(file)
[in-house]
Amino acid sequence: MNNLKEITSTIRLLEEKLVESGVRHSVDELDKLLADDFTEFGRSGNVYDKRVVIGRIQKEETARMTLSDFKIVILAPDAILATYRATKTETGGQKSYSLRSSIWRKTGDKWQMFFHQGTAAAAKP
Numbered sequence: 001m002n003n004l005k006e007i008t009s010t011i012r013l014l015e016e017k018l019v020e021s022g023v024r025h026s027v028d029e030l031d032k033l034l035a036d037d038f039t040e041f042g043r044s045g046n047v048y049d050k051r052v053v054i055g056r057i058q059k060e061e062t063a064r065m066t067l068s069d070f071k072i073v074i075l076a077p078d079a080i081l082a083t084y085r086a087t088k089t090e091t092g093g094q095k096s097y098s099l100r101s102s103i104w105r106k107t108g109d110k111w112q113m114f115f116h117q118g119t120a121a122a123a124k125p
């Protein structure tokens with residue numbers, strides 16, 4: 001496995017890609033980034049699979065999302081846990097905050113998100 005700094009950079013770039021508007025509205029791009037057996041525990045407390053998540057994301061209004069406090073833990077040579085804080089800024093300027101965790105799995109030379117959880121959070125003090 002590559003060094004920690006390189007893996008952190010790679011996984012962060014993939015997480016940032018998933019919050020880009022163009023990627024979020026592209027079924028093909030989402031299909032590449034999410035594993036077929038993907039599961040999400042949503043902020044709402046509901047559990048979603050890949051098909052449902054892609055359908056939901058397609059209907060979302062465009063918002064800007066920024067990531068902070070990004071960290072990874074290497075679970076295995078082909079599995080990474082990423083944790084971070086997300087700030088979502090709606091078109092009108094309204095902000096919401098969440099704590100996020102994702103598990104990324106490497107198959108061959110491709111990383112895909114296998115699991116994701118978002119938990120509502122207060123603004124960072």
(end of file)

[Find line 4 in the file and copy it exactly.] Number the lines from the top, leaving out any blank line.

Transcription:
């Protein structure tokens with residue numbers, strides 16, 4: 001496995017890609033980034049699979065999302081846990097905050113998100 005700094009950079013770039021508007025509205029791009037057996041525990045407390053998540057994301061209004069406090073833990077040579085804080089800024093300027101965790105799995109030379117959880121959070125003090 002590559003060094004920690006390189007893996008952190010790679011996984012962060014993939015997480016940032018998933019919050020880009022163009023990627024979020026592209027079924028093909030989402031299909032590449034999410035594993036077929038993907039599961040999400042949503043902020044709402046509901047559990048979603050890949051098909052449902054892609055359908056939901058397609059209907060979302062465009063918002064800007066920024067990531068902070070990004071960290072990874074290497075679970076295995078082909079599995080990474082990423083944790084971070086997300087700030088979502090709606091078109092009108094309204095902000096919401098969440099704590100996020102994702103598990104990324106490497107198959108061959110491709111990383112895909114296998115699991116994701118978002119938990120509502122207060123603004124960072």